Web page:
1920s >> 1922 >> no-210-february-1922

The Coal Miner and his Union

We remember a glowing eulogy of Frank Hodges appearing in the daily Press at the time of the coal strike, 1920.

An immediate reason for “pointing him out” arises from the following statement he is reported to have made (“Daily News,” 14/1/22) on the miners’ plight and low wages.

“Those who are working, are working with unprecedented energy, but the pithead prices secured for the coal does not warrant either a decent wage for the workmen, nor anything like a fair measure of profit to the owners; although the industrial consumer and the domestic consumer are still having to pay fabulously high prices for the coal after it has passed through the hands of merchants, factors, and retail dealers.”

Why should Hodges be concerned about “a fair measure of profit to the owner” ? What are profits ? They represent a portion of surplus value, unpaid labour time.

The workers are poor because they are robbed of this surplus value. The workers receive back only a relatively small proportion of the values they produce. They are paid wages on the subsistence level, the sliding scale system. The worker has but his power to labour, which, in order to live he is compelled to offer for the best terms he can obtain.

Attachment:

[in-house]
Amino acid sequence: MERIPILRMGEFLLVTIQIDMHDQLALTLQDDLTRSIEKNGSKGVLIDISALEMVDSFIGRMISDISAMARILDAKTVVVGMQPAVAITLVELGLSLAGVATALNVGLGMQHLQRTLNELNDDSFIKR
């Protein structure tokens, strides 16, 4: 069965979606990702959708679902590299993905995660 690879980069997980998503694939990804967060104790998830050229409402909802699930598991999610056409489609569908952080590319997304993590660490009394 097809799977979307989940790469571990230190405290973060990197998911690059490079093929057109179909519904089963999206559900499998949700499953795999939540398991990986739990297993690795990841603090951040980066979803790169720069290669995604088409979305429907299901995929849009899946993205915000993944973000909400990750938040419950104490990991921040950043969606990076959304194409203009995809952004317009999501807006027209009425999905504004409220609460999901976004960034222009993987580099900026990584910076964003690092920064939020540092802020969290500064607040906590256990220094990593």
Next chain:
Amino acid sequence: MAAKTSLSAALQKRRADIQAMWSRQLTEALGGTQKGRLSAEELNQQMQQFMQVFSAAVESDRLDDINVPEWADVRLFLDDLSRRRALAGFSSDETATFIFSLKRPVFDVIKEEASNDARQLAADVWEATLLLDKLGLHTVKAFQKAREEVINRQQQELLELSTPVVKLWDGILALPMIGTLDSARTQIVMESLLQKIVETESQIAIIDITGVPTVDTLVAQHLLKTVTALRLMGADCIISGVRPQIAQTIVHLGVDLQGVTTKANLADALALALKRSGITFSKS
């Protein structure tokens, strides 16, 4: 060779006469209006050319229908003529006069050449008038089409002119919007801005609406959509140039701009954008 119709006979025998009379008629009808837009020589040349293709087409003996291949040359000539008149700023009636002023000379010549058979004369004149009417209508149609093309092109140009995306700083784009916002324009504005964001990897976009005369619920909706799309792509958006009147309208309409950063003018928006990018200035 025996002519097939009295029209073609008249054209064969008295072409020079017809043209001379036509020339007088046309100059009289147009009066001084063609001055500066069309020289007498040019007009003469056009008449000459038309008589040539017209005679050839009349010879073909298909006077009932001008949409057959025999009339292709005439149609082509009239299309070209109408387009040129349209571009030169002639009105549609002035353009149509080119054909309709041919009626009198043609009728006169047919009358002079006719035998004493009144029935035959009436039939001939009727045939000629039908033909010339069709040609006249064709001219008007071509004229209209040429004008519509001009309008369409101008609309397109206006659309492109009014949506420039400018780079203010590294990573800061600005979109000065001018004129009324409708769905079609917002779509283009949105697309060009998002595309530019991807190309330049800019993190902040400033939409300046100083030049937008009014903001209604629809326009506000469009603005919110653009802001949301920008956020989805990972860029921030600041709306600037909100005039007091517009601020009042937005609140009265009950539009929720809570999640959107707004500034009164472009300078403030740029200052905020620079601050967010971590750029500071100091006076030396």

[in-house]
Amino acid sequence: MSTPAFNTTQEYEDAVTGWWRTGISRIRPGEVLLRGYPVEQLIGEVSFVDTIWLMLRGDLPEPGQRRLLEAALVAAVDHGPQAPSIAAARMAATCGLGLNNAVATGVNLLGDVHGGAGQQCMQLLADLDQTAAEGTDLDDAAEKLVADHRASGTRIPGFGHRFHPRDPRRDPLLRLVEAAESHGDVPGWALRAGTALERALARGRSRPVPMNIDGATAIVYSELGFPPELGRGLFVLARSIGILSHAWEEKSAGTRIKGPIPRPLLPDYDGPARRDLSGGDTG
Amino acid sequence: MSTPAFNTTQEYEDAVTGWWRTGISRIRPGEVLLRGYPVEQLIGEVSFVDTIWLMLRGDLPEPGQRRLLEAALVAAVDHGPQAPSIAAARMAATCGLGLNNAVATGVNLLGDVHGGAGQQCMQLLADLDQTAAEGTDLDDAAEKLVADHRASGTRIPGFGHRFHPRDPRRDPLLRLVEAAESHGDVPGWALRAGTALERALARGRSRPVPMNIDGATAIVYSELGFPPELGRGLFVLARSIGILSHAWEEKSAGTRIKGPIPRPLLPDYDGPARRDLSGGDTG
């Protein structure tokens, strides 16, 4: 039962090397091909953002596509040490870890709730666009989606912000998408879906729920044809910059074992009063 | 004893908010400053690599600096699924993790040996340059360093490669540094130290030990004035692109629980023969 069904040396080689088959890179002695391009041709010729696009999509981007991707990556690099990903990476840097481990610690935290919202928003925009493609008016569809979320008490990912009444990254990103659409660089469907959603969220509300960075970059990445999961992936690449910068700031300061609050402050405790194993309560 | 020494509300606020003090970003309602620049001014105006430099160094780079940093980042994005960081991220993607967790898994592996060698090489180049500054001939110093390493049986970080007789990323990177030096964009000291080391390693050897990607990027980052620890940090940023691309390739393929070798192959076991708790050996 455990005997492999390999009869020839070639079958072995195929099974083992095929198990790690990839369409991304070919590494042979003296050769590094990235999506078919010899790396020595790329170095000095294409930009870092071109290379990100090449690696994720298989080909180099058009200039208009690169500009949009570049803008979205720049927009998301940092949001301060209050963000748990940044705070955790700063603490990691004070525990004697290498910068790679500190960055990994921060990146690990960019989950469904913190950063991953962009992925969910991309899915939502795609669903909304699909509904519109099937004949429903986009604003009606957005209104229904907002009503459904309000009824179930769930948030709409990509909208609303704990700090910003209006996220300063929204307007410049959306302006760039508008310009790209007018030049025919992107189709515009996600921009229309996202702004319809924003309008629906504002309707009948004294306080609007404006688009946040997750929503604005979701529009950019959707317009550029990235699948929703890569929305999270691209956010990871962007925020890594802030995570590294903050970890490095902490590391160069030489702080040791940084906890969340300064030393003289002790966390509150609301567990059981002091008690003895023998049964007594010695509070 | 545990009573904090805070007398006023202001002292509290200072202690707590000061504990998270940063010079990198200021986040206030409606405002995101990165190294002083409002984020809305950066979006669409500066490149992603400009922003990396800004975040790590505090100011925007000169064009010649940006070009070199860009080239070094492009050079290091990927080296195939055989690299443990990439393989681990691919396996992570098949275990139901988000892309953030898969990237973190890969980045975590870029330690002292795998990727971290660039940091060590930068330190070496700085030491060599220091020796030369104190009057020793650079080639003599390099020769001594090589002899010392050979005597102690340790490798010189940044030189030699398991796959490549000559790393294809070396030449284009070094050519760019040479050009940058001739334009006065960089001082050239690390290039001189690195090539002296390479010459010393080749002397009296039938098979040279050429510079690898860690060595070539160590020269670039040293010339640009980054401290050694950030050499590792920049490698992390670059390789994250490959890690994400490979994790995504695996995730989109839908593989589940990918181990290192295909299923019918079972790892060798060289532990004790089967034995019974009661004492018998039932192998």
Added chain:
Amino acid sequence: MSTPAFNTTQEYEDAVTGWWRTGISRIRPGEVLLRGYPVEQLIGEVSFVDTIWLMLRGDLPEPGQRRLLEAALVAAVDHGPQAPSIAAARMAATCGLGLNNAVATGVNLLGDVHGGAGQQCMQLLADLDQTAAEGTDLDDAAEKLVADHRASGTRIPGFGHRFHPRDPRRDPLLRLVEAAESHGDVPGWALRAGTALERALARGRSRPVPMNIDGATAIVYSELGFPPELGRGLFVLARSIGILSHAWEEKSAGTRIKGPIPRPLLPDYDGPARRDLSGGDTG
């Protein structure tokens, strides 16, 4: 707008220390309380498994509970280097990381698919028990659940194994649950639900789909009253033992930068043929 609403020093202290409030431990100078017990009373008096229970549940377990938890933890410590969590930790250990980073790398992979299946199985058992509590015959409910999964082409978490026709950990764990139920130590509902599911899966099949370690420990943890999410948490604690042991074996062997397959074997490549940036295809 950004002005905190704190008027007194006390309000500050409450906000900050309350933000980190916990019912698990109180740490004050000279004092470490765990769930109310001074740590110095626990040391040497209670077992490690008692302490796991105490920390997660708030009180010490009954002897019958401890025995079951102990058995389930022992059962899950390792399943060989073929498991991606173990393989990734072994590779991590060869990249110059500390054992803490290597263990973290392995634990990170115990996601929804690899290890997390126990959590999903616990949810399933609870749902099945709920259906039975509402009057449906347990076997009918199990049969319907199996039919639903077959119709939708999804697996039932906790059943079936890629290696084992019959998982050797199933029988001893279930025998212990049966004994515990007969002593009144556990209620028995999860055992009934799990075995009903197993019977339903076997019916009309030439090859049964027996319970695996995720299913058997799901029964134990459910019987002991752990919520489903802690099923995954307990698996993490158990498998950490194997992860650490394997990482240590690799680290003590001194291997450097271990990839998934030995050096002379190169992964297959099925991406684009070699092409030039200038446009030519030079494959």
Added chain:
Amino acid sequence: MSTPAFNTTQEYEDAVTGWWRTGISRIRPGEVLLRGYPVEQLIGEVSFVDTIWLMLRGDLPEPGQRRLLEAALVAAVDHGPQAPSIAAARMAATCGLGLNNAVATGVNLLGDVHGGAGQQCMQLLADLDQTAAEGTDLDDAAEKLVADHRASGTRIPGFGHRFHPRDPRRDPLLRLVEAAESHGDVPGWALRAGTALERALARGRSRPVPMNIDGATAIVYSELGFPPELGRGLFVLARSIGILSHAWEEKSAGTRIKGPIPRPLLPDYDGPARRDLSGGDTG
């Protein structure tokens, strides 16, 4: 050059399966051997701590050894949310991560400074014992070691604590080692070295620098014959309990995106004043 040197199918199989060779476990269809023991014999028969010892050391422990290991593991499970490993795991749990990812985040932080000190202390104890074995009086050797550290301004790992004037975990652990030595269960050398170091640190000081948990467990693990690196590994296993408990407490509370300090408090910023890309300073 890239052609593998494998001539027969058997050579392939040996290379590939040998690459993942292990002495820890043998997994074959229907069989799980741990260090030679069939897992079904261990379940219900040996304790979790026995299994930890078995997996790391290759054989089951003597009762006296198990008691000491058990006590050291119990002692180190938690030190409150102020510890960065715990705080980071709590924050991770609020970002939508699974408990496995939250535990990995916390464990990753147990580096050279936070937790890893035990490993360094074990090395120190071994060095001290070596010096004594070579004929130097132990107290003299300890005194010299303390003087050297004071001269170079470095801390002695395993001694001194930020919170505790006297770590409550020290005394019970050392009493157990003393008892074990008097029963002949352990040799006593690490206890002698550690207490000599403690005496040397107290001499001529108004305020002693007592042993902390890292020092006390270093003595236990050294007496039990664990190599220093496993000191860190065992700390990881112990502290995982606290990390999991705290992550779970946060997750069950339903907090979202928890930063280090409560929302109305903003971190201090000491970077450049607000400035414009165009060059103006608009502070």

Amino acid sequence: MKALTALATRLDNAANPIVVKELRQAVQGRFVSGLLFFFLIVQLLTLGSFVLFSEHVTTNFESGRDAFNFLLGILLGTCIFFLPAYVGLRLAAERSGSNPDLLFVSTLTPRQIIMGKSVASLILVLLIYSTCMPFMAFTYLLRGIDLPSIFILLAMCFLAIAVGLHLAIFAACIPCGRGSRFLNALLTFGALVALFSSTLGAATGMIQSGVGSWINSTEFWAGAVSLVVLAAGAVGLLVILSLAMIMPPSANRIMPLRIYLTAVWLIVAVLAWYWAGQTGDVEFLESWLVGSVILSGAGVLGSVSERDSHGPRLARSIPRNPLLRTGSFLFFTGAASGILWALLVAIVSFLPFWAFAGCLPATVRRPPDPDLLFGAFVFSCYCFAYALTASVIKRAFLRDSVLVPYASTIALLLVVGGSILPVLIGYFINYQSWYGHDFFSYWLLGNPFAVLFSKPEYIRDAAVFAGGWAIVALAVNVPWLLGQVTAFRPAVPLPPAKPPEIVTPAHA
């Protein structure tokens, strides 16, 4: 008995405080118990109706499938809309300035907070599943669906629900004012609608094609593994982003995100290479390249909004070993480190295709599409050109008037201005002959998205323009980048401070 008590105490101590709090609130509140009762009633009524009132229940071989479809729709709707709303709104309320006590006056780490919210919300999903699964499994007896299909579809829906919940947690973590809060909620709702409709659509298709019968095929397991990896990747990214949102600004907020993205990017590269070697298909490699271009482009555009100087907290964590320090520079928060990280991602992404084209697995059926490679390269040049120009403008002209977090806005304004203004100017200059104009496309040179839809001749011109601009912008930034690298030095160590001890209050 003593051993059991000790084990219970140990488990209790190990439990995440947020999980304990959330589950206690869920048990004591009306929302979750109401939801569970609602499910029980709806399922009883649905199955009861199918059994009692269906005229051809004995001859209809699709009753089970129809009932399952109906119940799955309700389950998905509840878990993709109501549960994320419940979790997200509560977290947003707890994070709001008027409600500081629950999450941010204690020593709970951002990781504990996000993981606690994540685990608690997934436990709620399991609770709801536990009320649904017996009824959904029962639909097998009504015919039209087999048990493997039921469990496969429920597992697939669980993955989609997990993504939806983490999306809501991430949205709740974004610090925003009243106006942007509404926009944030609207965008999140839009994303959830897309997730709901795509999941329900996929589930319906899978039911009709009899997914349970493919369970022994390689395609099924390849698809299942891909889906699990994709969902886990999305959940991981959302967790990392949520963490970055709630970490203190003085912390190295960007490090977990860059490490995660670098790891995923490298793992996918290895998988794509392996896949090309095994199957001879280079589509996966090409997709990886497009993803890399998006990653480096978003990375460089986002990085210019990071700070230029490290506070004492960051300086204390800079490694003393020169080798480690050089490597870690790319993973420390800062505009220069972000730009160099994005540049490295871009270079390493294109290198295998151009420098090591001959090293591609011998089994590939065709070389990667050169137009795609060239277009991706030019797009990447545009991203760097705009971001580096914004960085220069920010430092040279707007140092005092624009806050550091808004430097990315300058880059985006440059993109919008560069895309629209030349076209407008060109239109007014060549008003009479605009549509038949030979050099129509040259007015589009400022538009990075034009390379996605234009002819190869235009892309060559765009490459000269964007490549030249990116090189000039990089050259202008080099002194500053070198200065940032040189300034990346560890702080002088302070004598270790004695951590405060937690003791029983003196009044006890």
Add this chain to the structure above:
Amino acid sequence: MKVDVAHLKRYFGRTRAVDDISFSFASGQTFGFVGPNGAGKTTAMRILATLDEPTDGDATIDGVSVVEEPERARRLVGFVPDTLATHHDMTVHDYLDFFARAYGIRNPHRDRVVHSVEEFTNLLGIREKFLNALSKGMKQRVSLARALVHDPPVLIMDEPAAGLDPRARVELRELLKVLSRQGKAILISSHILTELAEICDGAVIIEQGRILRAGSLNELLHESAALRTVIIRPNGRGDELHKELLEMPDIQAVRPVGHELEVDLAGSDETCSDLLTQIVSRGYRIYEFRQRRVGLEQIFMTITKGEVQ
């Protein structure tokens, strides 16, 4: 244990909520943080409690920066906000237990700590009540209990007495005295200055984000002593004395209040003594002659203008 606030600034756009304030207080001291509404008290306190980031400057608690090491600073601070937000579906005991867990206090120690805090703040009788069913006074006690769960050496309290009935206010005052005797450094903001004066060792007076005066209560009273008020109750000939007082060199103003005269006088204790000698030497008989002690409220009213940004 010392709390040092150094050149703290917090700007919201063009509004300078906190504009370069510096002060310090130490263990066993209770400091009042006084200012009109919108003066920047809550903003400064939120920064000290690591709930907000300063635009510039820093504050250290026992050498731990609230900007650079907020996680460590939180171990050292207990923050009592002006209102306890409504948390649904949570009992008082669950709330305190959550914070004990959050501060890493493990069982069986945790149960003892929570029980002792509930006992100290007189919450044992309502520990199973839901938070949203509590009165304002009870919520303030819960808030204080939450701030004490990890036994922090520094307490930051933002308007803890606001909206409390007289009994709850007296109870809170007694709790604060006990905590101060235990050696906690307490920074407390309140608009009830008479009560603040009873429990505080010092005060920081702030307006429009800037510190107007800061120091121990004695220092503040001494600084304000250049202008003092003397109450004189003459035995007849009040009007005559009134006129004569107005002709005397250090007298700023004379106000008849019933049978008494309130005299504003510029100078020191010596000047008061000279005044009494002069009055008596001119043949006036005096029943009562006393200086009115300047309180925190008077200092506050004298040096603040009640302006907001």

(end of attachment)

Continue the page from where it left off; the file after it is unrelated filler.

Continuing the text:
His labour power is a commodity, and like every other commodity, its price is determined, in the main, by its cost of production, the price fluctuating through the operations of supply and demand. Therefore, the cost of purchasing the necessaries of life—food, clothing, and shelter—determines as a rule the amount of wages which the worker receives from time to time.

Now Hodges knows that the wages system spells misery to the worker and he clouds the situation with his talk of “decent wages” and “a fair measure of profit.”

O.C.I.

(Socialist Standard, February 1922)